Monday, June 13, 2011

Porch Crawl in New England

I've just finished a weekend of process consulting at Mosaic Commons, a recently built cohousing community in Berlin MA. My work with them was a quid pro quo for their hosting the FIC organizational meetings last November. They didn't charge us for room accommodations for our out-of-town entourage and graciously surrendered control of the great room in their common house for three days. In exchange, they got a weekend of free consulting. Barter arrangements like these ease everyone's pocketbook, and we all get to know each other better. It's a pretty good deal.

Mosaic had the misfortune of building all of their units smack in the midst of the mortgage crisis and they still have eight or so units unsold. This unintended circumstance creates a substantial financial burden for the folks on the hook for development costs, as the carrying charges on the borrowed money are not disappearing fast enough and are spread across too few backs. (Cue up Janis Joplin, circa 1968, "… and it felt just like a ball an chain.")

Despite being dealt some low cards, I'm quite optimistic for this group ultimately holding a full house, because of their robust joie de vivre. They like their community and (mostly) enjoy living together. Sure they have the typical array of community issues, and I was hopefully able to help them see how tightening up the way they function together could be enhanced, but the main thing is that they're spunky and laugh a lot. That's gold.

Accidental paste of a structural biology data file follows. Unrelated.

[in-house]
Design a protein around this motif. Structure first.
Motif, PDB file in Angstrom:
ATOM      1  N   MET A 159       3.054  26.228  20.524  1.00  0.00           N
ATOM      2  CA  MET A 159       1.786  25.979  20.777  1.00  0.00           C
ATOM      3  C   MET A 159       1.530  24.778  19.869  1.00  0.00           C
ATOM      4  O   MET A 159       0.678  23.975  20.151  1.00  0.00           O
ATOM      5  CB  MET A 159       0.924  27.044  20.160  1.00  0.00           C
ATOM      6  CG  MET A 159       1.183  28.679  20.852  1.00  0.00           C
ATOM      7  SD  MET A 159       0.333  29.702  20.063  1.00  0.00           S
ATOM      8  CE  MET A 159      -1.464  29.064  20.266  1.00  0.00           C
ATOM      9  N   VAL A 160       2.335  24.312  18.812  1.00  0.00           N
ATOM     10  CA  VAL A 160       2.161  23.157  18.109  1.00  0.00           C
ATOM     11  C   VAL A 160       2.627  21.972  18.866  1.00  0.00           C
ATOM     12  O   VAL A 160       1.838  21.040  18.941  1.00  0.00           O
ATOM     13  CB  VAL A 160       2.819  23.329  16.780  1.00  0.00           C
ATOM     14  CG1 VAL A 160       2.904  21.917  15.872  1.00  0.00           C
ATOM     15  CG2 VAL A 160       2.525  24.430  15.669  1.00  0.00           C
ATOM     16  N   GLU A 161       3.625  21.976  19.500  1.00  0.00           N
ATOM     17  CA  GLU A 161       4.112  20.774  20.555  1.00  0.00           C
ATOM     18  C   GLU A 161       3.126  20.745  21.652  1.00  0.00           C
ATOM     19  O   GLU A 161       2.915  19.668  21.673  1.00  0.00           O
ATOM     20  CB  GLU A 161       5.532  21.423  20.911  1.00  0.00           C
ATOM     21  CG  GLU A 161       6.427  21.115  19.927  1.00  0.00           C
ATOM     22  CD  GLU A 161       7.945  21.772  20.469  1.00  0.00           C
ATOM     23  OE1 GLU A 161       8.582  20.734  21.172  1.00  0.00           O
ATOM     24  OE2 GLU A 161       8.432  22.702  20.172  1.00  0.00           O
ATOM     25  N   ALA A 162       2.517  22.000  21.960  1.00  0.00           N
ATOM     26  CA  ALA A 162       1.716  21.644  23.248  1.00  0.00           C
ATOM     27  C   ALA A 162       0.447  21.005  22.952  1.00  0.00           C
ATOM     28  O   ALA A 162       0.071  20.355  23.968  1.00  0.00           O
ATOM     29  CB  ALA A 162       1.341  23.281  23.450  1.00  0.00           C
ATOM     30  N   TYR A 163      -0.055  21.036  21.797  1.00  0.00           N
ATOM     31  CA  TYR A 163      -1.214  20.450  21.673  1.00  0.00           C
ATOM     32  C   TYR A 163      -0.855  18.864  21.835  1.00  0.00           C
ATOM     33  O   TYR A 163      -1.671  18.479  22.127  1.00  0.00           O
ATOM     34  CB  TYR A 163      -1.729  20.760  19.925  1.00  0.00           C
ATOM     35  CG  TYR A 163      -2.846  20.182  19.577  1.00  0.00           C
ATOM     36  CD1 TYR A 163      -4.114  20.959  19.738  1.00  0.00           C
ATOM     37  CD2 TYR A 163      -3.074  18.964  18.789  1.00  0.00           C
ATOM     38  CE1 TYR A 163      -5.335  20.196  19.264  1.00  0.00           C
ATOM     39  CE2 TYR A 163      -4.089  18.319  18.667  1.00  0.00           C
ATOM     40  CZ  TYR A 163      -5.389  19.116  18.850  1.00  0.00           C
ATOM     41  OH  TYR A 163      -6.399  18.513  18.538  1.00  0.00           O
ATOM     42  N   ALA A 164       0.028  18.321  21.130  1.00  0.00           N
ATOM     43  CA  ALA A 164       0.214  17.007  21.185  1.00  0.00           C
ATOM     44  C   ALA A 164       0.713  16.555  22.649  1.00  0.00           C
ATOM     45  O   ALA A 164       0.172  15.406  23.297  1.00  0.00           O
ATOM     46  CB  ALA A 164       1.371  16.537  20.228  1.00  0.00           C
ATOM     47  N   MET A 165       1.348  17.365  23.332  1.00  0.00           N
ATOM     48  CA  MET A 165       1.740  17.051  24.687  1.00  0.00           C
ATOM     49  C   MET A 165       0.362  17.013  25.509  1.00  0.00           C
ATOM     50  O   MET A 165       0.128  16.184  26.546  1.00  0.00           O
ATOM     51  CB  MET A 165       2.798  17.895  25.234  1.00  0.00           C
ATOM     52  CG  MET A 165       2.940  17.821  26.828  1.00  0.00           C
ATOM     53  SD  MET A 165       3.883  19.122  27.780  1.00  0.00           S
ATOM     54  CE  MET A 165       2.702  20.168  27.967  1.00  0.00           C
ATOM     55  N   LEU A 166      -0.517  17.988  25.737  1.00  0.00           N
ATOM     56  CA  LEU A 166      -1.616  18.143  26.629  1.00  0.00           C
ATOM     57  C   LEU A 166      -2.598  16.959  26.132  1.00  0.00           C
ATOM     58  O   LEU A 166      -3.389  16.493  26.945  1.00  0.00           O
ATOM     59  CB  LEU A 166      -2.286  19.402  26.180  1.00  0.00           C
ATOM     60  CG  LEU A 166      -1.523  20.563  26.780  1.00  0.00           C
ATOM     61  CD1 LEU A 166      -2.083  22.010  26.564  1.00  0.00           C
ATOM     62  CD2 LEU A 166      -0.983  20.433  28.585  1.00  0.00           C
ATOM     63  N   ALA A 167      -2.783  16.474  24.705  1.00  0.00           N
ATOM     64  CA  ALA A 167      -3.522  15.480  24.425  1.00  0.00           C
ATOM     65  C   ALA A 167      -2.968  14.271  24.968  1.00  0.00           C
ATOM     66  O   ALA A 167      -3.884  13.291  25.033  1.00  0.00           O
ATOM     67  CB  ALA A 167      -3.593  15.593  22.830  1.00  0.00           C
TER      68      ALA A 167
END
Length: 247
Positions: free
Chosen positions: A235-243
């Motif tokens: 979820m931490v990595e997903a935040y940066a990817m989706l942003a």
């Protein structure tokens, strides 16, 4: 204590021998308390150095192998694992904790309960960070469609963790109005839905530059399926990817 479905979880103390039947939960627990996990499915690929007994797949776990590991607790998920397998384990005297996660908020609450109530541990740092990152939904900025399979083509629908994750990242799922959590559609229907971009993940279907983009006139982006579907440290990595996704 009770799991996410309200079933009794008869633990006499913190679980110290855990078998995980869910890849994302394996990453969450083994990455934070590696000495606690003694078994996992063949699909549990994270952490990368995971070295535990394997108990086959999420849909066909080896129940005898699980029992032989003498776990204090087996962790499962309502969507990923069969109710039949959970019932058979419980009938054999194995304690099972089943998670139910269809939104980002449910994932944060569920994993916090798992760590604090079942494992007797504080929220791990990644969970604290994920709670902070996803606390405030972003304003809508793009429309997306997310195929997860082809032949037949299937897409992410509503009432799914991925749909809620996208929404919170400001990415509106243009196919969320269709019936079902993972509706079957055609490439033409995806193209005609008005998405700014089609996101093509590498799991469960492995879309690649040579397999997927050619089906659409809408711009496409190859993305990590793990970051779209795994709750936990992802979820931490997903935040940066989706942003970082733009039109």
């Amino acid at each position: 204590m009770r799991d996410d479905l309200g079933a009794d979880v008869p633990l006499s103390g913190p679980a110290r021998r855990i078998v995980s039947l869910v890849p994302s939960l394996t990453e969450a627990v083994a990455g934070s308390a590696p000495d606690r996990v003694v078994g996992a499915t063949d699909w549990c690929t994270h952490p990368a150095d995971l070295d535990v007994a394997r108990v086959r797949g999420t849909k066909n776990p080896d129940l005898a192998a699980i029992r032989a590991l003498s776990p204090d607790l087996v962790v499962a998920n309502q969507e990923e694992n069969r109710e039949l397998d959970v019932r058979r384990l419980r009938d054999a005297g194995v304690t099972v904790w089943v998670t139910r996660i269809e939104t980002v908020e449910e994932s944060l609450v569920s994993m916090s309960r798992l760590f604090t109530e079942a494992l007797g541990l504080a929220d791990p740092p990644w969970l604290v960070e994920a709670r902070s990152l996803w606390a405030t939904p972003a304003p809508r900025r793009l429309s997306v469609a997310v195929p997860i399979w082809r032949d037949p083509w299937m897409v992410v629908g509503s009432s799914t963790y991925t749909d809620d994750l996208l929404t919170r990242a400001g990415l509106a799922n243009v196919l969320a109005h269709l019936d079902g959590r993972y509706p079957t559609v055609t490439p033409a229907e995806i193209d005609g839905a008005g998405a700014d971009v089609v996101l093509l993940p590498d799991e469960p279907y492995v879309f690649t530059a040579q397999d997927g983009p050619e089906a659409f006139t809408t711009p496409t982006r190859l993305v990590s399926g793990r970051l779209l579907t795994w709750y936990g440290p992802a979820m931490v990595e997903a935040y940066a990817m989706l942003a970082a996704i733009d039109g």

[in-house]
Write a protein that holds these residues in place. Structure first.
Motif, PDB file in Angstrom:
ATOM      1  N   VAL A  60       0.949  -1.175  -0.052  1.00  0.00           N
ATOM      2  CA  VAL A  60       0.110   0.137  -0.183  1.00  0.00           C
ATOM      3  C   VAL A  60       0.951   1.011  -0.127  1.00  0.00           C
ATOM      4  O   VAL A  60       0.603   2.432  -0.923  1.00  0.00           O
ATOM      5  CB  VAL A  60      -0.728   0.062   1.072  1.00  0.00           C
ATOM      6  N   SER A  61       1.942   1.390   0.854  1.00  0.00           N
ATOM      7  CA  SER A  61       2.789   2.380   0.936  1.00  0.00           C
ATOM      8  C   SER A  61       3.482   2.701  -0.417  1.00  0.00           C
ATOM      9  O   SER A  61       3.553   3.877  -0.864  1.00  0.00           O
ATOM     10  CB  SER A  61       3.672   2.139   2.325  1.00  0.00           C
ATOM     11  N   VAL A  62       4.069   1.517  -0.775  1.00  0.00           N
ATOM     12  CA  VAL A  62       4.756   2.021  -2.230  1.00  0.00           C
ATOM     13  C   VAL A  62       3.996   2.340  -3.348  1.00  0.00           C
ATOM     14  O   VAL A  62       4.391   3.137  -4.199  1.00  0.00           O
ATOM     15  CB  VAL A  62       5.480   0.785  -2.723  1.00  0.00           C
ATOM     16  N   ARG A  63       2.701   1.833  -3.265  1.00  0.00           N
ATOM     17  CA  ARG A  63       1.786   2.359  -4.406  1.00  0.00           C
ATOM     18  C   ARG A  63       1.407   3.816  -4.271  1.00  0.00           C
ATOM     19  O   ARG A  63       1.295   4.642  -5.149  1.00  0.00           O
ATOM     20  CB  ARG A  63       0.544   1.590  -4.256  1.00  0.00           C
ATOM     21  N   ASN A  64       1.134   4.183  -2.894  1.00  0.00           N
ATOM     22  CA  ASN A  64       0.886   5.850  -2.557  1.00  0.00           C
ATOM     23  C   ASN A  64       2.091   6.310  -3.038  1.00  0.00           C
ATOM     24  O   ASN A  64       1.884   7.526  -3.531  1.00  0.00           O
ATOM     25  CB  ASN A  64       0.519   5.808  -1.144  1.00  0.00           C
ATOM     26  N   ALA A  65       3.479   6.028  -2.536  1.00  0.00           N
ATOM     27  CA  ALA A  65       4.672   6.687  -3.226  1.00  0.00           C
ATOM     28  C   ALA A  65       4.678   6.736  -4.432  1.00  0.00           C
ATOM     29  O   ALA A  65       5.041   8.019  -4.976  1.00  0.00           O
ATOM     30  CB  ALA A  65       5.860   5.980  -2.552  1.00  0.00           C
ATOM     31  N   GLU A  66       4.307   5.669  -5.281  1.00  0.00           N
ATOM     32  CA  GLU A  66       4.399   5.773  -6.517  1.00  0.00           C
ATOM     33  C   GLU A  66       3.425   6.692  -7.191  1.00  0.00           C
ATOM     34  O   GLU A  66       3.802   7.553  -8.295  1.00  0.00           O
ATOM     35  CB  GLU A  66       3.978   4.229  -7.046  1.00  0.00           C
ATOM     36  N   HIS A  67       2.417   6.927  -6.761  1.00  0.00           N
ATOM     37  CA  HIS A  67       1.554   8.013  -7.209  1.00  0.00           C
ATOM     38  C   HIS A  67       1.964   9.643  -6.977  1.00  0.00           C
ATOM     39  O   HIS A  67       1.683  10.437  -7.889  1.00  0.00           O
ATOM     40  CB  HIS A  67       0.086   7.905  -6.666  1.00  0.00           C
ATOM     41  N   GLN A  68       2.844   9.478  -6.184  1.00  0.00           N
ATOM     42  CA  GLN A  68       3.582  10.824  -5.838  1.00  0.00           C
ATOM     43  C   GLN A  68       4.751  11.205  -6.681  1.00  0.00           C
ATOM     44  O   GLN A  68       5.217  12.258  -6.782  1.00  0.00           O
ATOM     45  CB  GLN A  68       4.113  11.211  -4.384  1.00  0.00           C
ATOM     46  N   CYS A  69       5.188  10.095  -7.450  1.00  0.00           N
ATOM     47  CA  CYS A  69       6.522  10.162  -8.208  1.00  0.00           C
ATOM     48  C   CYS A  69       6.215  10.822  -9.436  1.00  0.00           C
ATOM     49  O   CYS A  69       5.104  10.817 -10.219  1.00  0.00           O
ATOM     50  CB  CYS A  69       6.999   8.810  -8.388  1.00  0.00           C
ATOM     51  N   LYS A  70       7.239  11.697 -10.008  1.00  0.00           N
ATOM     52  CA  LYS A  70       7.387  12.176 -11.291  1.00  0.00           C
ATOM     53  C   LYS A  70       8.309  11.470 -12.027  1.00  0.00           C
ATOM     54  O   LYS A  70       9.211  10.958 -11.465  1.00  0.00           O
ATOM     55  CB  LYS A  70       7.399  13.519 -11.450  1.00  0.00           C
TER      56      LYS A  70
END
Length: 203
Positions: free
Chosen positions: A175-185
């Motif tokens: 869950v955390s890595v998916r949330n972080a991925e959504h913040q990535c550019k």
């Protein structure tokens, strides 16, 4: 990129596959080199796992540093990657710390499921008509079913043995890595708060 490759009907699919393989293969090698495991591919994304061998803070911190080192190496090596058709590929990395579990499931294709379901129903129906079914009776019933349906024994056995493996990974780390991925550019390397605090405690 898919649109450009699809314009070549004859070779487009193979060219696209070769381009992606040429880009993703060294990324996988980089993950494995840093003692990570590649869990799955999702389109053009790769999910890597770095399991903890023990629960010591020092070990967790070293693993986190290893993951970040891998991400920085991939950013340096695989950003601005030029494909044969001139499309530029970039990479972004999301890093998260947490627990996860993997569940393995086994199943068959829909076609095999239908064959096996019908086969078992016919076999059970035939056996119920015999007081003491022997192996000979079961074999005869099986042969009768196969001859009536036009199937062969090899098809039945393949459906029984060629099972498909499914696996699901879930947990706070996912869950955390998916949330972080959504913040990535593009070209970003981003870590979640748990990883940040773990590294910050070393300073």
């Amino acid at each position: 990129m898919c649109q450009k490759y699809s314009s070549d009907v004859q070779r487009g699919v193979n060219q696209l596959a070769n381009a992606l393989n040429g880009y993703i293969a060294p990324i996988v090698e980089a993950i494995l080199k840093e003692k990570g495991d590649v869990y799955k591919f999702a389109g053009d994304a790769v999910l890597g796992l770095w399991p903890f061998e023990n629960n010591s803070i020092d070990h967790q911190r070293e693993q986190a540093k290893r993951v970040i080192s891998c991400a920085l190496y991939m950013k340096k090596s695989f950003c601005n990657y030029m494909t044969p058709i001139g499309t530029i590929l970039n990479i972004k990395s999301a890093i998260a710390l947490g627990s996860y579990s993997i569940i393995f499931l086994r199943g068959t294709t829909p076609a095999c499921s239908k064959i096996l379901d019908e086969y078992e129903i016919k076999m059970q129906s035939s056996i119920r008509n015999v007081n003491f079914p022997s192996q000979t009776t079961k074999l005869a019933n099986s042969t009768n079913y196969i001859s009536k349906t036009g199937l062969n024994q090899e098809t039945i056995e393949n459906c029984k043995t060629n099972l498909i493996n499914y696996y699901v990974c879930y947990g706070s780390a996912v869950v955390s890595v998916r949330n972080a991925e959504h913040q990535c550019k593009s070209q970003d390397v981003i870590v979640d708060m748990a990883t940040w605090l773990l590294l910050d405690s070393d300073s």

Nothing exemplified that better than their second annual Porch Crawl (picture a pub crawl where you never actually go indoors), which I was fortunate enough to be present for last Saturday evening, 5-8 pm. While the weather was unseasonably cool (think jackets) and threatened rain, nothing dampened the flow of spirit (or spirits) as members wandered casually up and down the community pathway munching on hors d'oeuvres and imbibing exotic drink options (slightly lethal for the adults and just fruity for the kids). I do not care to contemplate the crazy conglomeration of comestibles and concoctions that was commingling in my corpus when the crawl concluded.

Everything was served on porches, with each participating household offering up at least one finger food option, one spiked drink, and one that was defanged. We started at one end of the community and casually worked our way around, visiting porches in clumps (typically three at a go, so that there was enough room for everyone to stand and still feel part of the mob—you couldn't reasonably pack 30+ people on one porch—and have easy access to the hospitality. The evening was a constant flow of convivial conversations in ever-changing configurations.

While I never saw anyone miss a porch step or actually crawling, I had the definite impression that it was a good thing that no one needed to drive home.

This is a community that seriously enjoys having fun together. While that does not substitute for having great meetings, in my book it counts every bit as much.

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